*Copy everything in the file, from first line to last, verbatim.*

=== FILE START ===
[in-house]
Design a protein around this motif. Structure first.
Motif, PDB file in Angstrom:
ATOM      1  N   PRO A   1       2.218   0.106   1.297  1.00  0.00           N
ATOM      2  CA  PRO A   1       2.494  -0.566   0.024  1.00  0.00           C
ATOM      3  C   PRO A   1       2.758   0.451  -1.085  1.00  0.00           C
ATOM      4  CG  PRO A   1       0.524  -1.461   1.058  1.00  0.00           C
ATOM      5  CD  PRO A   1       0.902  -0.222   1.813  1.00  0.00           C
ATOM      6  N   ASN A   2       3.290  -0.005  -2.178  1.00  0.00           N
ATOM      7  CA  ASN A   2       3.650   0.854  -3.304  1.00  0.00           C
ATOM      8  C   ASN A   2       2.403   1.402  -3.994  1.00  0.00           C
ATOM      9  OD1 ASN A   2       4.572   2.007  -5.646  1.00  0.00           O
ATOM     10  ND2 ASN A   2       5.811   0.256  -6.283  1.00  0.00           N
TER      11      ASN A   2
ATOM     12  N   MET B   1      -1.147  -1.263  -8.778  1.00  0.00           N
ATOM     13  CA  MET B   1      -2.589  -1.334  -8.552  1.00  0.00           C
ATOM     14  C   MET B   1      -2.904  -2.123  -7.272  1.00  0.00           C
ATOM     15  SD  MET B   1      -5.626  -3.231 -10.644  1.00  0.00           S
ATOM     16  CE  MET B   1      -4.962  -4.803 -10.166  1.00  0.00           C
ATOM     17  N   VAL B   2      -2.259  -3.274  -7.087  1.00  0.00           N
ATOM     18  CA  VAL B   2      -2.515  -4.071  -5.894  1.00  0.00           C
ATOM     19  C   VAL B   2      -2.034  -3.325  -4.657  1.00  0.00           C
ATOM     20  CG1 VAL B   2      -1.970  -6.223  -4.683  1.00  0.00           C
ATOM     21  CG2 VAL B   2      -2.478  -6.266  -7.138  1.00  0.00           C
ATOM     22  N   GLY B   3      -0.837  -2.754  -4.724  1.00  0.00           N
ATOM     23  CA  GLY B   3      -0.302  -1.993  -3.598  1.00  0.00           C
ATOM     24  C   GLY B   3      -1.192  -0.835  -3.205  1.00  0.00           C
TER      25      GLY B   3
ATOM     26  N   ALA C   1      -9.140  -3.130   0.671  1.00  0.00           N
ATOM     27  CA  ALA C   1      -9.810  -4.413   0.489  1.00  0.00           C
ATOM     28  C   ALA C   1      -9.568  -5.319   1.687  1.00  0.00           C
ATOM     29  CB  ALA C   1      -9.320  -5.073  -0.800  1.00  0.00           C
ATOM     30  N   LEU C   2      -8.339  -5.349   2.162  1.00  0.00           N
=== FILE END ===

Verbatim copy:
[in-house]
Design a protein around this motif. Structure first.
Motif, PDB file in Angstrom:
ATOM      1  N   PRO A   1       2.218   0.106   1.297  1.00  0.00           N
ATOM      2  CA  PRO A   1       2.494  -0.566   0.024  1.00  0.00           C
ATOM      3  C   PRO A   1       2.758   0.451  -1.085  1.00  0.00           C
ATOM      4  CG  PRO A   1       0.524  -1.461   1.058  1.00  0.00           C
ATOM      5  CD  PRO A   1       0.902  -0.222   1.813  1.00  0.00           C
ATOM      6  N   ASN A   2       3.290  -0.005  -2.178  1.00  0.00           N
ATOM      7  CA  ASN A   2       3.650   0.854  -3.304  1.00  0.00           C
ATOM      8  C   ASN A   2       2.403   1.402  -3.994  1.00  0.00           C
ATOM      9  OD1 ASN A   2       4.572   2.007  -5.646  1.00  0.00           O
ATOM     10  ND2 ASN A   2       5.811   0.256  -6.283  1.00  0.00           N
TER      11      ASN A   2
ATOM     12  N   MET B   1      -1.147  -1.263  -8.778  1.00  0.00           N
ATOM     13  CA  MET B   1      -2.589  -1.334  -8.552  1.00  0.00           C
ATOM     14  C   MET B   1      -2.904  -2.123  -7.272  1.00  0.00           C
ATOM     15  SD  MET B   1      -5.626  -3.231 -10.644  1.00  0.00           S
ATOM     16  CE  MET B   1      -4.962  -4.803 -10.166  1.00  0.00           C
ATOM     17  N   VAL B   2      -2.259  -3.274  -7.087  1.00  0.00           N
ATOM     18  CA  VAL B   2      -2.515  -4.071  -5.894  1.00  0.00           C
ATOM     19  C   VAL B   2      -2.034  -3.325  -4.657  1.00  0.00           C
ATOM     20  CG1 VAL B   2      -1.970  -6.223  -4.683  1.00  0.00           C
ATOM     21  CG2 VAL B   2      -2.478  -6.266  -7.138  1.00  0.00           C
ATOM     22  N   GLY B   3      -0.837  -2.754  -4.724  1.00  0.00           N
ATOM     23  CA  GLY B   3      -0.302  -1.993  -3.598  1.00  0.00           C
ATOM     24  C   GLY B   3      -1.192  -0.835  -3.205  1.00  0.00           C
TER      25      GLY B   3
ATOM     26  N   ALA C   1      -9.140  -3.130   0.671  1.00  0.00           N
ATOM     27  CA  ALA C   1      -9.810  -4.413   0.489  1.00  0.00           C
ATOM     28  C   ALA C   1      -9.568  -5.319   1.687  1.00  0.00           C
ATOM     29  CB  ALA C   1      -9.320  -5.073  -0.800  1.00  0.00           C
ATOM     30  N   LEU C   2      -8.339  -5.349   2.162  1.00  0.00           N